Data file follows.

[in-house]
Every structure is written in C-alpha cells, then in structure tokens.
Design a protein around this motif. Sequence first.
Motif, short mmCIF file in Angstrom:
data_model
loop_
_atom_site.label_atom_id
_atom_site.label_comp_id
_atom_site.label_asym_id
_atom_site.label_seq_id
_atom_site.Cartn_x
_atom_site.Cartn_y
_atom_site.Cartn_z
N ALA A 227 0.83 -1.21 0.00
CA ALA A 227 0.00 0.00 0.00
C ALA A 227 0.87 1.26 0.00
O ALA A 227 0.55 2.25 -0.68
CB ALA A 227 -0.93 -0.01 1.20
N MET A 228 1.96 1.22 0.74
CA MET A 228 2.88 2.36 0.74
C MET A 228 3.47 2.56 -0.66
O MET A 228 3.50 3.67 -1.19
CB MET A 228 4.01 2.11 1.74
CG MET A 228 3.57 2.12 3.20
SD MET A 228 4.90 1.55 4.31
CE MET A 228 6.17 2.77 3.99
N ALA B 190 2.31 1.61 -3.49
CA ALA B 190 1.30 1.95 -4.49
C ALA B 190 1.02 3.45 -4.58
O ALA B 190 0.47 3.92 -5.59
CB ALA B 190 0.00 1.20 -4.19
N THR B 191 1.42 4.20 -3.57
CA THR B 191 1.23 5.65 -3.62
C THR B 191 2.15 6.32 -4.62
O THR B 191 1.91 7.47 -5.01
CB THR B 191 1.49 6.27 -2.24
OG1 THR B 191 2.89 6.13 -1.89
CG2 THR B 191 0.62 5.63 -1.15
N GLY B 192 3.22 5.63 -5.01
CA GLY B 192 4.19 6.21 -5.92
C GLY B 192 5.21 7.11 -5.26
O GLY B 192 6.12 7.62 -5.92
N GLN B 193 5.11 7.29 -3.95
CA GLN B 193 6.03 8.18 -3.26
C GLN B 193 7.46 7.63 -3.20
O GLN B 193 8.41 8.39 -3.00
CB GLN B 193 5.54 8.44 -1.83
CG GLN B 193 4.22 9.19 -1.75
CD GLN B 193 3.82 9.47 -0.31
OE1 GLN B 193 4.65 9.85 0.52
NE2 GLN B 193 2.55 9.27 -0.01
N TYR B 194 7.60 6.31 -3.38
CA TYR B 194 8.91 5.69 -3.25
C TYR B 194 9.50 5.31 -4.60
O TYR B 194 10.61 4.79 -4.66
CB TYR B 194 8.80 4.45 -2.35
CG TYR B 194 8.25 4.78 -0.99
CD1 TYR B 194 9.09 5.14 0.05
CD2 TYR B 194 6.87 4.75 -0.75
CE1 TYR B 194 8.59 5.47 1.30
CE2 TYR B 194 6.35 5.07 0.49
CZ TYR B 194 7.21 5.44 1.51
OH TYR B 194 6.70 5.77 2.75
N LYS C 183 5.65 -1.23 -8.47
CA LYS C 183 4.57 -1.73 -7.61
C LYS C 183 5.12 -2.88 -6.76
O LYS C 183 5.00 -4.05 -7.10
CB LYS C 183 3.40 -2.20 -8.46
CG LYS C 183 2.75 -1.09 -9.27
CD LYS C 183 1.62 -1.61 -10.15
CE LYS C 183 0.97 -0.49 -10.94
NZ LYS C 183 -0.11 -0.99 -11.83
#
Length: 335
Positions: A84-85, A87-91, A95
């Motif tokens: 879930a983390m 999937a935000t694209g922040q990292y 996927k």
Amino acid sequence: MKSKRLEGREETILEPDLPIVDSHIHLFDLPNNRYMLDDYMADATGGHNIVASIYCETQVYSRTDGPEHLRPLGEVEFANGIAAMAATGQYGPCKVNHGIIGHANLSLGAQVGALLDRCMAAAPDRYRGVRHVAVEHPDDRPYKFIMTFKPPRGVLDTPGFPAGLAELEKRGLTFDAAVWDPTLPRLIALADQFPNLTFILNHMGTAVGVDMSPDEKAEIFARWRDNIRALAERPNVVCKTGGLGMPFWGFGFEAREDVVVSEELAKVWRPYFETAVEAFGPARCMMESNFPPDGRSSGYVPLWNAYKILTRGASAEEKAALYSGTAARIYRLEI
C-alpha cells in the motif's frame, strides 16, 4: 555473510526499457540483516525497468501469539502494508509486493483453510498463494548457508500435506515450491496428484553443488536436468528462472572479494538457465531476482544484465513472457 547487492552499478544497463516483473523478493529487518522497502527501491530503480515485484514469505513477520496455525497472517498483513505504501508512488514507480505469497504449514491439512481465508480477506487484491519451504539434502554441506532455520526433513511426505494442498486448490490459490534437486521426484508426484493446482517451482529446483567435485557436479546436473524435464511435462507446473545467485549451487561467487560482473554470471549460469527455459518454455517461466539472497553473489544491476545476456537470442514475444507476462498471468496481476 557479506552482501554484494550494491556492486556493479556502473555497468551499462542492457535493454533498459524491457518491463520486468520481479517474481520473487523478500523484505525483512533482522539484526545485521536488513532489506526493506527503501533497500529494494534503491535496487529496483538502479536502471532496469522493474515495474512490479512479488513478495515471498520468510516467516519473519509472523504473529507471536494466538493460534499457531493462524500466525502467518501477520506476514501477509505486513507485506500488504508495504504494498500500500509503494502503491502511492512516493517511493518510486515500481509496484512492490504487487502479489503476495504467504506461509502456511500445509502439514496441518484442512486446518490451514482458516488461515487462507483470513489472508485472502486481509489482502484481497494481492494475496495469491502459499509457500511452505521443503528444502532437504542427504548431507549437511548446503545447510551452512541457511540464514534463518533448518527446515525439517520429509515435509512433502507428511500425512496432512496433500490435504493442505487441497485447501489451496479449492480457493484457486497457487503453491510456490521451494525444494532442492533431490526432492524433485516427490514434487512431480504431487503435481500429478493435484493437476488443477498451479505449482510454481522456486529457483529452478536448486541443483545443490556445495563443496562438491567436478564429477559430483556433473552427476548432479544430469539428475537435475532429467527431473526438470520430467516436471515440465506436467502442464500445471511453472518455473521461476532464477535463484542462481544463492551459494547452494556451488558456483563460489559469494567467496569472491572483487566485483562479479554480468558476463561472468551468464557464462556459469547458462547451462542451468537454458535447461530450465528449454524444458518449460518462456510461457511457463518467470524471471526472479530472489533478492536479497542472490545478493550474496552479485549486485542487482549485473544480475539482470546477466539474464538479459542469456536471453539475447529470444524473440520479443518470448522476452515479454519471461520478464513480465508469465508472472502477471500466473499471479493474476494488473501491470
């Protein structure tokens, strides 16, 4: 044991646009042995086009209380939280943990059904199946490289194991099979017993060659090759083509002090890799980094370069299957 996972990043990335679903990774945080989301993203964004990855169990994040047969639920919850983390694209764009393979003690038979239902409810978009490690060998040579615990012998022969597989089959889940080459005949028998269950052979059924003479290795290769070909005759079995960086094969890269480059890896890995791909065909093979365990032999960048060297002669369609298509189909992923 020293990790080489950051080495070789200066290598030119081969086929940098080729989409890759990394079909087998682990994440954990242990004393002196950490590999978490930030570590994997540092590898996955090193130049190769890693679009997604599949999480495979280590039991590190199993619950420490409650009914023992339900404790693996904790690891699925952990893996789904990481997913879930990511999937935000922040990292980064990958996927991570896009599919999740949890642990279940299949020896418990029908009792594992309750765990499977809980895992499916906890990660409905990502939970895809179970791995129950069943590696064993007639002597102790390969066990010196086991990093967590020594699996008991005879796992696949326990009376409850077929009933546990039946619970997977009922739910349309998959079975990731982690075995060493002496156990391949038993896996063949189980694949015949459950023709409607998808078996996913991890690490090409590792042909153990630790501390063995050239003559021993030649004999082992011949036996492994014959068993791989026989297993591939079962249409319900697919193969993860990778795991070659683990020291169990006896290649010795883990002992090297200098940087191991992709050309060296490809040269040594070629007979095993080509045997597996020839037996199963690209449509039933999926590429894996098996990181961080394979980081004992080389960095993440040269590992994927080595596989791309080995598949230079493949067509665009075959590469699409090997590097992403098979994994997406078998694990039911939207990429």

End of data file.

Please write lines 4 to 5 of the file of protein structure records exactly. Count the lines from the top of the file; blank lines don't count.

Motif, short mmCIF file in Angstrom:
data_model